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Filming Three Burials Q&A with Tommy Lee Jones
The Three Burials of Melquiades Estrada was filmed on location in West Texas from the end of September through the first week of December, 2004. The forty-three day shooting schedule was roughly divided between locations near the town of Van Horn and the surrounding Davis Mountains, and the Big Bend area further south on the Mexican border. These are some of the most remote and majestic areas in the United States—canyons, and mountains spread over the vast desert basin of the ancient Permian Sea—a geography as wild and varied as its weather. "The country is capable of giving you a heat stroke or washing you away in a flash flood or making you weep with such beauty,” said Jones. "It'll treat you fifteen or twenty different ways in a day.” This unpredictable territory was perfectly suited to a narrative structure, and a cast of characters that are constantly being redirected, reoriented, and reevaluated. As Arriaga noted, "I wanted this huge, lonely landscape to be as much a character as anybody else.” Working together with renowned cinematographer Chris Menges, Jones succeeded in capturing the border country in all its manifold forms—unrelenting desert sands, thunderstorm sunsets, towering cliff faces and stretches of moonscape limestone.

As much as the land and climate contributed to the film, they also made its production an extremely challenging and often treacherous endeavor. Cast and crew traveled miles off the paved road into harsh, unforgiving territory, to work in temperatures that vacillated as much as fifty degrees in a single day. In addition, though autumn is typically a dry season in West Texas, the production was confronted with almost unabated rain. The shooting schedule was subject to constant revision in order to work around locations that had flooded or turned to knee-deep mud. Negotiating between the merciless weather and a rapid filming pace (averaging between twenty and twenty-five camera setups per day), cast and crew managed to work continuously through the middle of November. Then, just as they were preparing to film along the Rio Grande, torrential rains raised the river over ten feet in one day, suspending production for a week, but returned to drier weather for the completion of principal photography in December.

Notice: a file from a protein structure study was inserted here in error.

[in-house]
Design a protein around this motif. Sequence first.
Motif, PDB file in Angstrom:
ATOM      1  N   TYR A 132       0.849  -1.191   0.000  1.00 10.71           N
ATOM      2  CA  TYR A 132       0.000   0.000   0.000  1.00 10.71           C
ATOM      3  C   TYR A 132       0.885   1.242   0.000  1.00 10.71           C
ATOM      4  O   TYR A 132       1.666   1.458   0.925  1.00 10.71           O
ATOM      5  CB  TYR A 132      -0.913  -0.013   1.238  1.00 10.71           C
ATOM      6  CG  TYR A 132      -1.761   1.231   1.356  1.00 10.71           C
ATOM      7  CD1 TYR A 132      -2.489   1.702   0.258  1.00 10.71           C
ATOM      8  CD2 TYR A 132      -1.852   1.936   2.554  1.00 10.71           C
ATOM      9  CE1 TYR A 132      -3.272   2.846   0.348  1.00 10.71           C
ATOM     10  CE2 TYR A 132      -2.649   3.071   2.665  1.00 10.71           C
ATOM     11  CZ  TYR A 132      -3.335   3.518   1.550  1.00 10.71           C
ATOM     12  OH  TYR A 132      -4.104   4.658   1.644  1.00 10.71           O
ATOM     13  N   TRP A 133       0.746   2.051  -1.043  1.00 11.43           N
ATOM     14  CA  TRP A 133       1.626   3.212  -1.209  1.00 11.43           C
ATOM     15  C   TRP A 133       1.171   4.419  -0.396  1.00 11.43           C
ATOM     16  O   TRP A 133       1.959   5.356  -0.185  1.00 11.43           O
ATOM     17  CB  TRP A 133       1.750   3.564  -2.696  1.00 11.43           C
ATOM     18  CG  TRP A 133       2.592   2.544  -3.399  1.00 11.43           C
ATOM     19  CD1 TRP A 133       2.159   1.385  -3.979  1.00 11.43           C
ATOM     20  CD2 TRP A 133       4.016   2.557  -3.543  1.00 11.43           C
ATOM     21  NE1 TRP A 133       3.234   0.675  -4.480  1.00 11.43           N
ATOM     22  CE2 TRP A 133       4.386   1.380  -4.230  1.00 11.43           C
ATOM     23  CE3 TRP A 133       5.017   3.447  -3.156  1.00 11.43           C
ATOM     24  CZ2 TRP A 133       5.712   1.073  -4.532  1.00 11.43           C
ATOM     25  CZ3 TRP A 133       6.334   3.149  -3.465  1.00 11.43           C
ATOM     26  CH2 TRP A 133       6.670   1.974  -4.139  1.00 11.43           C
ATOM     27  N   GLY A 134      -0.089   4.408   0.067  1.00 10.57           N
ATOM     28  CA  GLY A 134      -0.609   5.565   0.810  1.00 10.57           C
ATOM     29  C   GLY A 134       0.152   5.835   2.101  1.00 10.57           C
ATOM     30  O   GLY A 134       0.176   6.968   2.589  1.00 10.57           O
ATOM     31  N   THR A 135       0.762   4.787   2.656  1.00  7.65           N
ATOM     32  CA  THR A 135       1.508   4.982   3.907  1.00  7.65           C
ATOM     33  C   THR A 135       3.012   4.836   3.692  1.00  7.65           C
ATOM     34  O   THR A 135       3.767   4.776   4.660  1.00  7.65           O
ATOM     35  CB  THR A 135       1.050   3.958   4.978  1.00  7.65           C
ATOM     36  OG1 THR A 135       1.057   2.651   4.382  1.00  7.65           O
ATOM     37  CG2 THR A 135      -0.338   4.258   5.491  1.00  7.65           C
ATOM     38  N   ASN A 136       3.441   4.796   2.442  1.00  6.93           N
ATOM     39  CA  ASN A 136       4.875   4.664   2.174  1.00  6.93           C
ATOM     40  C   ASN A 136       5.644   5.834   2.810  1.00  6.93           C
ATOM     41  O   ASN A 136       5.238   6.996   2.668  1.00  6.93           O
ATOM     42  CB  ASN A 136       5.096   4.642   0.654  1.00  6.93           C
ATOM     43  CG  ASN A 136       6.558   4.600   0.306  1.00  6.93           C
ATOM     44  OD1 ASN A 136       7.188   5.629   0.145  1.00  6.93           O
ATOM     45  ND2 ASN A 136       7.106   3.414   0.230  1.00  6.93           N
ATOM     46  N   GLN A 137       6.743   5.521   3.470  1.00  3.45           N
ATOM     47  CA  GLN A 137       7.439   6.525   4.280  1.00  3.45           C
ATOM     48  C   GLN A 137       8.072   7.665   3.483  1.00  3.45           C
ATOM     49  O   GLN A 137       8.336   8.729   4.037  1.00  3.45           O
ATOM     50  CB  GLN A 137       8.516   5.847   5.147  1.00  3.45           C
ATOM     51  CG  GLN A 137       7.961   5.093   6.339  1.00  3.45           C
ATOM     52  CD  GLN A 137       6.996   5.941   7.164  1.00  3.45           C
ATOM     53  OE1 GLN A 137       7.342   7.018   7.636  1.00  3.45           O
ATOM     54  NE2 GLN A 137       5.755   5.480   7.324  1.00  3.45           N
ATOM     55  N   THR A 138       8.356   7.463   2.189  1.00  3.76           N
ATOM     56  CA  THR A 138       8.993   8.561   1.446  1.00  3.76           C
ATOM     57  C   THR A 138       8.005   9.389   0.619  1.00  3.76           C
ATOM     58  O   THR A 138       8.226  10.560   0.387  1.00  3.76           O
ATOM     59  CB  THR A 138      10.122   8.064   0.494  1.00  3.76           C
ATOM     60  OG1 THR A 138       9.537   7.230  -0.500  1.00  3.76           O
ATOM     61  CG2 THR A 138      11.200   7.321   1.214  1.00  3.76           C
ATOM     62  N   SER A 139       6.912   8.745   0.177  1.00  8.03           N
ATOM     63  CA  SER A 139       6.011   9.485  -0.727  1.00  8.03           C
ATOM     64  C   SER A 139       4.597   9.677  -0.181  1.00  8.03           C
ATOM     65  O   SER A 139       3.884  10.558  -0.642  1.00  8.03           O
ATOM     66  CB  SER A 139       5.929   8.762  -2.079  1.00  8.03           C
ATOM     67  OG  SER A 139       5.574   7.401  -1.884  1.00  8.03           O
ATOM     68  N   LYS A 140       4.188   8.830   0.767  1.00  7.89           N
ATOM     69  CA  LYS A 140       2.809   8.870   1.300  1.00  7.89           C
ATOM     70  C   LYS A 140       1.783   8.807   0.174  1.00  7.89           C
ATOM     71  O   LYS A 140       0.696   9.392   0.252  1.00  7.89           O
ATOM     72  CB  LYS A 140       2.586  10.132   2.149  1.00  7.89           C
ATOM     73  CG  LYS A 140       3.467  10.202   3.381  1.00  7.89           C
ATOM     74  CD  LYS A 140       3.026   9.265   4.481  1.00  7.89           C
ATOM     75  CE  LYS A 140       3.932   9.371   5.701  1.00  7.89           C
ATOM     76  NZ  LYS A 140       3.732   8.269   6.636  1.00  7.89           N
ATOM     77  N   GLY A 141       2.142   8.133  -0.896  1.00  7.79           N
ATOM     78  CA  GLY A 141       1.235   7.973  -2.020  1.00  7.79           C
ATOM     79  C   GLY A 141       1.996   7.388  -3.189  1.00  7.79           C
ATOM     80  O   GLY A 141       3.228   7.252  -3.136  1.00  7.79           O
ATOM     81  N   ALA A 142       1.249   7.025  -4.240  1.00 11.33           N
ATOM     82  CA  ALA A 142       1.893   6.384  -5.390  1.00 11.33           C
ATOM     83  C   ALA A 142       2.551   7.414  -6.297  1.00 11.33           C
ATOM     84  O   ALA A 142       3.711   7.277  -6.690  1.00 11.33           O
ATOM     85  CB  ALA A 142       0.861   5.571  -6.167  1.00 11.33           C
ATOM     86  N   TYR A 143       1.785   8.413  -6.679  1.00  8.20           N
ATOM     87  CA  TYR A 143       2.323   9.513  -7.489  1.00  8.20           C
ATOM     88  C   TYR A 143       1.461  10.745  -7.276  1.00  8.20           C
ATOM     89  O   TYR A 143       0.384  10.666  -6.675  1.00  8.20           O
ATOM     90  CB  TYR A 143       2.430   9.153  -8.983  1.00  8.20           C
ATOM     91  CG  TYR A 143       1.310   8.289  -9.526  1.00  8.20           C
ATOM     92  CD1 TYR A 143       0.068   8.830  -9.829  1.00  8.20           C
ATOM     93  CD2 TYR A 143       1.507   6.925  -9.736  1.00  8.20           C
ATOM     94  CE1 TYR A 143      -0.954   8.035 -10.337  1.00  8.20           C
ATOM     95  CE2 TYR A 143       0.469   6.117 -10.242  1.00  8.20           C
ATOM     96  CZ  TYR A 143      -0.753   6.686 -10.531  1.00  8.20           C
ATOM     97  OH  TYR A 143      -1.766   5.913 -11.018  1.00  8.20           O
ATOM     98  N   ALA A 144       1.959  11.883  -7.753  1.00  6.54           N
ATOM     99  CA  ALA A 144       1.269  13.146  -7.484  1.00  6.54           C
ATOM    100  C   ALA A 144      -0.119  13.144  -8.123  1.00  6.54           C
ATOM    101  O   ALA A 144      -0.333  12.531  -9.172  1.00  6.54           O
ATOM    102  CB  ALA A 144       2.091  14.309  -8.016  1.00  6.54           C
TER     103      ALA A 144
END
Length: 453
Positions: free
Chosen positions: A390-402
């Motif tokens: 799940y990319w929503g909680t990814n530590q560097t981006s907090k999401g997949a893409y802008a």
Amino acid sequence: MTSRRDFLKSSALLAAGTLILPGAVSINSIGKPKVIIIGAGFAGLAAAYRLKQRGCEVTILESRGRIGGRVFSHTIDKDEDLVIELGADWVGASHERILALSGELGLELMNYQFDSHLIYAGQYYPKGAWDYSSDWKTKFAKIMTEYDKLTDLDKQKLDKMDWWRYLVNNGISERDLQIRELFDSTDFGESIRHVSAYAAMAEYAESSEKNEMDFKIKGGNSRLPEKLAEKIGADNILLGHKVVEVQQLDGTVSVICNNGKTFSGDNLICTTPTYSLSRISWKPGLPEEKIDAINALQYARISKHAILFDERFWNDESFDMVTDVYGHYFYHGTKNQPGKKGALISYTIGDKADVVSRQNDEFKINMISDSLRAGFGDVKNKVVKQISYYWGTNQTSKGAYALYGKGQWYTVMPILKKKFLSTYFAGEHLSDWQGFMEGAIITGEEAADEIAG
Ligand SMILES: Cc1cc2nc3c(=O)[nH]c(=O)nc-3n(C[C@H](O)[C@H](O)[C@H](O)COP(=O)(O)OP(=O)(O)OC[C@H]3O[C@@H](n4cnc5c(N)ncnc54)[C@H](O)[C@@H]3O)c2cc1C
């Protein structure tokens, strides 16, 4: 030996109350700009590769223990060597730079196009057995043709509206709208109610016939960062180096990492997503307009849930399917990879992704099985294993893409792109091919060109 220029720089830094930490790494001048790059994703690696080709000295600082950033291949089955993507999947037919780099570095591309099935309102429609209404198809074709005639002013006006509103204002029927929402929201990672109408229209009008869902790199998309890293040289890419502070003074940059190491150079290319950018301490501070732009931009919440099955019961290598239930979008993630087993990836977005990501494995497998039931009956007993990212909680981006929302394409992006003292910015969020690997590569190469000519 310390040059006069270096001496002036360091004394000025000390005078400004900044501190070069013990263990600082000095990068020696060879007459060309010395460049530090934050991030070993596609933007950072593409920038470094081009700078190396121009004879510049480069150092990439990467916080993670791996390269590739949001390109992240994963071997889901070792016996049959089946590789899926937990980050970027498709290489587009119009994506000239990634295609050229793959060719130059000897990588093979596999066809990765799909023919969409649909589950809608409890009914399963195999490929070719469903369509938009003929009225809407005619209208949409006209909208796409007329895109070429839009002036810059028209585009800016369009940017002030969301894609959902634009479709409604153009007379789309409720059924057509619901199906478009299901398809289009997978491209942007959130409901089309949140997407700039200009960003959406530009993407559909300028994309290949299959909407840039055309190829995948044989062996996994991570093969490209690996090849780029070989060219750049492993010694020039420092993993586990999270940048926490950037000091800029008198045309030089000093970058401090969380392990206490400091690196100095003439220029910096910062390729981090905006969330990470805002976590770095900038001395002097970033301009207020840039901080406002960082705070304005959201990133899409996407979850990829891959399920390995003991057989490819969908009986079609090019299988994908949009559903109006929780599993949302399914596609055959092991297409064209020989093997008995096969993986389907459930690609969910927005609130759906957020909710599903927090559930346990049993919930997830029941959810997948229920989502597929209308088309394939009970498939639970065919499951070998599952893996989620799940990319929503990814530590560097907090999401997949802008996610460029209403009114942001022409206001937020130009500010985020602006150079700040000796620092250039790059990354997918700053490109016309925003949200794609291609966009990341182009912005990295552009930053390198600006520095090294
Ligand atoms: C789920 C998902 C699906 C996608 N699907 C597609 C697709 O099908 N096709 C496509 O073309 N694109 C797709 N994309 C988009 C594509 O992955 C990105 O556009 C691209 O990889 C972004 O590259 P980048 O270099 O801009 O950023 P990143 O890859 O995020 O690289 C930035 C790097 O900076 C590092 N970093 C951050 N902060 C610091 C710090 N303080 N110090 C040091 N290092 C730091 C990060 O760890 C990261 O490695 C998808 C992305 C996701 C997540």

EOK: As a producer and a director, you and your crew faced some daunting obstacles shooting The Three Burials in rugged terrain typical to the border lands.

TLJ: We did. That country is as much a character in this film as Pete Perkins or Melquiades Estrada. It wasn't always easy to work with, but it gave us a hell of a performance.

EOK: What about the sequence where Pete and Mike lose that pack horse over the cliff. Happens quickly on film, but it undoubtedly took days or even weeks to set up.

TLJ: Months.

EOK: To scout it?

TLJ: No, to craft it. Those cliffs I can see right out the front door of my ranch house. Finding them was easy. I knew the shot I wanted. But to execute it our first step had to be to get a horse that would be visible from a long distance away. Hence the buckskin we chose that stood out against the red rocks.

EOK: Were did you find it?

TLJ: Right there on my ranch. Good cow horse, but not a stunt horse. It became clear that we would have to train him, and we did. Our stunt man, Billy Burton (Collateral Damage, Hidalgo), spent two or three weeks working with him. The horse got to where he liked raring up on cue. And we would reward him every time he responded to the reins and the little wires we put on him. It got to be a lot of fun for him. Then we had an articulated dummy horse with a little motor inside that moves his head and his front feet as he falls. And we just pitched him off the cliff, which leads to our other principal consideration: camera p


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